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|Year : 2009 | Volume
| Issue : 5 | Page : 641-643
Pediatric intracranial aneurysms
LN Tripathy, SN Singh
Department of Neurosurgery, Apollo Gleneagles Hospitals, Kolkata - 700 058, West Bengal, India
|Date of Acceptance||02-Jul-2009|
|Date of Web Publication||20-Nov-2009|
L N Tripathy
Department of Neurosurgery, Apollo Gleneagles Hospitals, Kolkata - 700 058,West Bengal
Source of Support: None, Conflict of Interest: None
The incidence of subarachnoid haemorrhage from intracranial aneurysms in the paediatric age group is extremely rare. Interestingly, occurrence of vasospasm has been reported to be less in comparison to the adults. Both coiling and clipping have been advocated in selected cases. Because of the thinness of the wall of the arteries, utmost care should be taken while handling these arteries during surgery. The overall results of surgery in children have been reported to be better than their adult counterparts. We present four such cases from our own experience. All these children were operated upon, where the solitary aneurysm in each case was clipped and all of them made a good recovery.
Keywords: Cerebral aneurysms, paediatric age group, clipping
|How to cite this article:|
Tripathy L N, Singh S N. Pediatric intracranial aneurysms. Neurol India 2009;57:641-3
| » Introduction|| |
Aneurysmal subarchnoid hemorrhage (SAH) is uncommon in pediatric age group. Intracranial aneurysms account for 2-6% of all intracranial aneurysms in this age group and the reported frequency of multiple aneurysms is also very low.  More commonly the aneurysms are in the posterior circulation.  Though clipping is the gold standard treatment option, endovascular treatment (coiling) is also evolving as an alternative option in this age group.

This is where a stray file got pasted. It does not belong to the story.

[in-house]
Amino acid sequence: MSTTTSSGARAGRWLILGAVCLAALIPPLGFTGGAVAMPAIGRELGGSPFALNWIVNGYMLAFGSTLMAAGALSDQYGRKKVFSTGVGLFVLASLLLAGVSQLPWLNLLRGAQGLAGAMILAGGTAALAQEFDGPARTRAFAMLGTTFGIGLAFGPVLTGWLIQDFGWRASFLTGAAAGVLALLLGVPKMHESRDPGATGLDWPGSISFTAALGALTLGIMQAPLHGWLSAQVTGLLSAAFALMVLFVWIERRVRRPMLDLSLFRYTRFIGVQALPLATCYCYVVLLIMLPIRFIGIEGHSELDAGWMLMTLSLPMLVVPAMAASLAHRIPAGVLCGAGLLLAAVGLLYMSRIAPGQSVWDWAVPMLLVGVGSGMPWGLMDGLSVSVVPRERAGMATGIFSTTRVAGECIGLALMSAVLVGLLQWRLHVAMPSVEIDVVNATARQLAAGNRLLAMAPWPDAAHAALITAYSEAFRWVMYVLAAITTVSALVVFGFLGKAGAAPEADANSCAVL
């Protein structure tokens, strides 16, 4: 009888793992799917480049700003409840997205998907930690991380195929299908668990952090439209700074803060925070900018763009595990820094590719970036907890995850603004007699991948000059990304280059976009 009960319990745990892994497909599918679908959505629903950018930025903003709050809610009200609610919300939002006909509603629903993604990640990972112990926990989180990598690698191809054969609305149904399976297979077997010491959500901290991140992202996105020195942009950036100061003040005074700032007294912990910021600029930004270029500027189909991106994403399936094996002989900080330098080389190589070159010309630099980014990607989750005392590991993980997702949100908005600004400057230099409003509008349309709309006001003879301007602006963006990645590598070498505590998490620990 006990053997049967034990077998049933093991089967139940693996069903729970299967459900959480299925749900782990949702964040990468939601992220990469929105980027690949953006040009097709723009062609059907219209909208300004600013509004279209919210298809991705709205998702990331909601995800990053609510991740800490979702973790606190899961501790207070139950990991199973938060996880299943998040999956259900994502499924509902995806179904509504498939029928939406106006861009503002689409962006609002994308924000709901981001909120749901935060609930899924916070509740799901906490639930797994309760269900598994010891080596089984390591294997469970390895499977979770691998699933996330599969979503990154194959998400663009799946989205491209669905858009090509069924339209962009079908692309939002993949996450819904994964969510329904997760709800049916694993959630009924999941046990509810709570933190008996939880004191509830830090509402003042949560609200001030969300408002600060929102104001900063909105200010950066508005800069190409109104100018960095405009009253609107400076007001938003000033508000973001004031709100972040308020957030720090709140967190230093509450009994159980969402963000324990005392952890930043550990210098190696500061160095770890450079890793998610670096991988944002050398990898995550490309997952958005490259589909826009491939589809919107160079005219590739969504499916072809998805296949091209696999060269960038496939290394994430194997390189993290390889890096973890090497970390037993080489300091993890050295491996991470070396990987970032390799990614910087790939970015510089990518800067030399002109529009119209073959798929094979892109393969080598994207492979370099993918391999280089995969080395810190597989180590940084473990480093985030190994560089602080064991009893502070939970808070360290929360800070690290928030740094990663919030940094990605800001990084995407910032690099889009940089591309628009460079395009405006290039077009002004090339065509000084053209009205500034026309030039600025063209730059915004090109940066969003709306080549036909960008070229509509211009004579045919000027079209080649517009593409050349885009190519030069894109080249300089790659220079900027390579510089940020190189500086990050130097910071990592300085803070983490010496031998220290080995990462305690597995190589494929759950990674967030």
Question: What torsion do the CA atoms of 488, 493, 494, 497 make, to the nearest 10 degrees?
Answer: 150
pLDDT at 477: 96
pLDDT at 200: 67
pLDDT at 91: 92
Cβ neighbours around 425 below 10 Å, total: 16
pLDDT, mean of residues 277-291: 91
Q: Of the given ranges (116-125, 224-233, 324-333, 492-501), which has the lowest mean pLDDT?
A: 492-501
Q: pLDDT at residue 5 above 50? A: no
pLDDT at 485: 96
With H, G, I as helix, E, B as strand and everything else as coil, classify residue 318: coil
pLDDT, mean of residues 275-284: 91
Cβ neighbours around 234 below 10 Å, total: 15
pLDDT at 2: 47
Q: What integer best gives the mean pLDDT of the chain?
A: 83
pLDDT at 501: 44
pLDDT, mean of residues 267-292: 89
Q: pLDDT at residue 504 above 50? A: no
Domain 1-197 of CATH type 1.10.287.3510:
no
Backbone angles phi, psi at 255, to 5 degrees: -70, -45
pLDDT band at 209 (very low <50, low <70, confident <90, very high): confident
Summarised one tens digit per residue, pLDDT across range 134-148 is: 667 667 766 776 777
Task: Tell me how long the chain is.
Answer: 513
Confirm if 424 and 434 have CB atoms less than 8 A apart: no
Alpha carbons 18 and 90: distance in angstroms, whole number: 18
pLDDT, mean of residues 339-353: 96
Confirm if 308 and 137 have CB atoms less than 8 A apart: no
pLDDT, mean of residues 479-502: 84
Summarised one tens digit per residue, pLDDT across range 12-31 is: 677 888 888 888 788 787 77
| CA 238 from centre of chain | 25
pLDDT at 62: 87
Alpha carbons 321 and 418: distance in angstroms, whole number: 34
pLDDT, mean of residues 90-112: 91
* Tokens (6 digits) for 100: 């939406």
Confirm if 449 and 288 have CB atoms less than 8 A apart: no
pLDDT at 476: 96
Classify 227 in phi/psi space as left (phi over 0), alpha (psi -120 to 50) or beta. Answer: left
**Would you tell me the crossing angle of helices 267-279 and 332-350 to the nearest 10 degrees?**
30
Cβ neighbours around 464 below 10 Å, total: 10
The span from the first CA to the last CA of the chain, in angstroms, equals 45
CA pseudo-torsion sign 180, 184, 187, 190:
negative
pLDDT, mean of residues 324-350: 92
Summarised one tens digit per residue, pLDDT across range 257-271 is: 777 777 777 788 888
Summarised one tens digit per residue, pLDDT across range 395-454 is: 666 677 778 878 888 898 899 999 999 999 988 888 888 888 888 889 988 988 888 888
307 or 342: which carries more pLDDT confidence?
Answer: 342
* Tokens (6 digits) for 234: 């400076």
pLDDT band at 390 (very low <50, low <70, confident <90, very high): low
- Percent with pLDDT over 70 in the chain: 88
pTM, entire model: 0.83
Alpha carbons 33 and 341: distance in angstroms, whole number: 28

| » Case Reports|| |
Of the 268 intracranial aneurysms in the author's experience, only four were in the pediatric age group [Table 1].
A 4-year-old girl presented with sudden onset severe headache, vomiting and right-sided limb weakness and speech difficulties. Computed tomography (CT) scan of brain showed SAH in the left sylvian fissure. Magnetic resonance angiography (MRA) [Figure 1] and a four vessel cerebral digital subtraction angiogram (DSA) showed left middle cerebral artery (MCA) bifurcation aneurysm. She had clipping of the aneurysm a left pterional craniotomy and the postoperative period was uneventful. The neurological deficits recovered completely over a period of six months and her neurological status was normal at one year of post-operative follow-up.
A 11-year-old male child was admitted with sudden onset headache and loss of consciousness. He rapidly deteriorated after admission. An emergency CT scan showed left cerebellar hematoma with acute hydrocephalus. An emergency external ventricular drain (EVD) was planned. On the operation table, he had ventricular tachycardia and was revived with DC shock and cardiopulmonary resuscitation. Following the placement of EVD, his cardiac rhythm remained normal. In the same sitting the cerebellar hematoma, was evacuated by a suboccipital craniectomy. At surgery, on opening the dura, the cerebellum was tense. There were multiple blood vessels with arterialized veins suggestive of arteriovenous malformation (AVM) and there was also a giant right distal posterior inferior cerebellar artery (PICA) aneurysm. The clot was evacuated and the aneurysm was clipped with two straight long (17 mm) clips. The AVM was left behind untouched. He did a remarkable recovery after surgery. Postoperative cerebral angiography [Figure 2] confirmed a large AVM in the posterior fossa fed mainly by right vertebral artery. Patient was discharged after two weeks of surgery. At six weeks of follow-up, he was independent and had minimal cerebellar signs. Patient was advised endovascular treatment for the AVM, but unfortunately he was lost to follow-up.